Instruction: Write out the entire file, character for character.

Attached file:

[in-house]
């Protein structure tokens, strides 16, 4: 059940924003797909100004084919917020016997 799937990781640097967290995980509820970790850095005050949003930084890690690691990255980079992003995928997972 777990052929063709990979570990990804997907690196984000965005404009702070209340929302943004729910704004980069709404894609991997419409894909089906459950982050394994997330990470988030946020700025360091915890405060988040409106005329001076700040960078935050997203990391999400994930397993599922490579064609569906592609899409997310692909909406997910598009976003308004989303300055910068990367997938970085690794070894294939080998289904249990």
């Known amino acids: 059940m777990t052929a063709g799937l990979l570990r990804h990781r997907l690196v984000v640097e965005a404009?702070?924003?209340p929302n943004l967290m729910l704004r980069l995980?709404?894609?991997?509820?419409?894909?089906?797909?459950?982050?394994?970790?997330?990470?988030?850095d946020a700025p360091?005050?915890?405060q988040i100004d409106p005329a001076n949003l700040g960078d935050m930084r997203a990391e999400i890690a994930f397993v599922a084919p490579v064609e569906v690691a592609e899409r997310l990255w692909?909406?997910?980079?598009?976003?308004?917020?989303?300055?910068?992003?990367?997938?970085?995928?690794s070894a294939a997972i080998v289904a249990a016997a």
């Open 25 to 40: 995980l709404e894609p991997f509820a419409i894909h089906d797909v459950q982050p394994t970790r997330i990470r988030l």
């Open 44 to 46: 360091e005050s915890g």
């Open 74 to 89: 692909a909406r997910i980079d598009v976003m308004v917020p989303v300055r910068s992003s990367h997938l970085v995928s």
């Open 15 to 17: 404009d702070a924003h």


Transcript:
[in-house]
């Protein structure tokens, strides 16, 4: 059940924003797909100004084919917020016997 799937990781640097967290995980509820970790850095005050949003930084890690690691990255980079992003995928997972 777990052929063709990979570990990804997907690196984000965005404009702070209340929302943004729910704004980069709404894609991997419409894909089906459950982050394994997330990470988030946020700025360091915890405060988040409106005329001076700040960078935050997203990391999400994930397993599922490579064609569906592609899409997310692909909406997910598009976003308004989303300055910068990367997938970085690794070894294939080998289904249990």
């Known amino acids: 059940m777990t052929a063709g799937l990979l570990r990804h990781r997907l690196v984000v640097e965005a404009?702070?924003?209340p929302n943004l967290m729910l704004r980069l995980?709404?894609?991997?509820?419409?894909?089906?797909?459950?982050?394994?970790?997330?990470?988030?850095d946020a700025p360091?005050?915890?405060q988040i100004d409106p005329a001076n949003l700040g960078d935050m930084r997203a990391e999400i890690a994930f397993v599922a084919p490579v064609e569906v690691a592609e899409r997310l990255w692909?909406?997910?980079?598009?976003?308004?917020?989303?300055?910068?992003?990367?997938?970085?995928?690794s070894a294939a997972i080998v289904a249990a016997a």
């Open 25 to 40: 995980l709404e894609p991997f509820a419409i894909h089906d797909v459950q982050p394994t970790r997330i990470r988030l």
């Open 44 to 46: 360091e005050s915890g």
């Open 74 to 89: 692909a909406r997910i980079d598009v976003m308004v917020p989303v300055r910068s992003s990367h997938l970085v995928s």
């Open 15 to 17: 404009d702070a924003h």